This seems promising for the narrative of “solidarity unionism”, which we tell ourselves can lead to permanent, stable workplace organizations which do not rely on recognition or legitimacy from companies or the government. Staughton Lynd does a good job of explaining the pitfalls of unionism based on exclusive representation contracts, mandatory membership, and the no-strike clause and management prerogative clauses which come from the first two:

The critical elements of [the post-1935] model are: exclusive representation of a bargaining unit by a single union; the dues check-off, whereby the employer deducts dues for the union from the paycheck of every member of the bargaining unit; a clause prohibiting strikes and slowdowns for the duration of the contract; and a “management prerogatives” clause giving the employer the right to make investment decisions unilaterally.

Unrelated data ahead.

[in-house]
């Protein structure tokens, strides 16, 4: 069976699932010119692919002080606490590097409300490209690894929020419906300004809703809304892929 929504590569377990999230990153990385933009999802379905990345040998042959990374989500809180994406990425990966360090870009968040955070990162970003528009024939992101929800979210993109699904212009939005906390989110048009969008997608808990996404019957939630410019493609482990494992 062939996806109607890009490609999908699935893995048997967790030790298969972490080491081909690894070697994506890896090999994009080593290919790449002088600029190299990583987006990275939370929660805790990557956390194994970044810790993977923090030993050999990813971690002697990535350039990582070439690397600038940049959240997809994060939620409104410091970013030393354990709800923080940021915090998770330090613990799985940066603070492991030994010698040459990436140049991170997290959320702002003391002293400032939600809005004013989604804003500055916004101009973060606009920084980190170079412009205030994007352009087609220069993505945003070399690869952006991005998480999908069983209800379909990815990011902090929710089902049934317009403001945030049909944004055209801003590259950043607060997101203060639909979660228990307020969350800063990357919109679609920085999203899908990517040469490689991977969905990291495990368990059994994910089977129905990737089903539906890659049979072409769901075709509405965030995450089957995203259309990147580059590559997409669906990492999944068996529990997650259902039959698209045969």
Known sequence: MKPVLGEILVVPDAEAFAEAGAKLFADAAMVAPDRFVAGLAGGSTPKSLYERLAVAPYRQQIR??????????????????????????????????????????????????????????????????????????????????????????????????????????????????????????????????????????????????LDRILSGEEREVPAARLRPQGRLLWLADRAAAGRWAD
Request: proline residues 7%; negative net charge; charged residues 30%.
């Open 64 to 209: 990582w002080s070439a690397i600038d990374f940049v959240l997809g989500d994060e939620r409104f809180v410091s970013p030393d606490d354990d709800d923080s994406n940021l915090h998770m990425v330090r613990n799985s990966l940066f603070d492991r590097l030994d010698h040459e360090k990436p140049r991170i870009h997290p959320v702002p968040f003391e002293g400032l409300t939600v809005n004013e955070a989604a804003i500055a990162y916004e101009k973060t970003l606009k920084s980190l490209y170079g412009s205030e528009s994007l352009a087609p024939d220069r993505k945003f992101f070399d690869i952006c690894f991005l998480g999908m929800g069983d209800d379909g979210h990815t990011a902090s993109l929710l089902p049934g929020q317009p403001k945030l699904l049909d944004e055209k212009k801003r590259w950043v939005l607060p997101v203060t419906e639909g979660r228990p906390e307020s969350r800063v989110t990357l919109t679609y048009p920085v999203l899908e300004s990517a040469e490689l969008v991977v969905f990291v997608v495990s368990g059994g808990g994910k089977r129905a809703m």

In combination, these clauses in the typical contract give the employer the right to close the plant and prevent the workers from doing anything about it. So long as collective bargaining agreements conform to this template, the election of reformers — an Arnold Miller, an Ed Sadlowski, a Ron Carey, a John Sweeney, or a Rich Trumka — will not bring about fundamental change.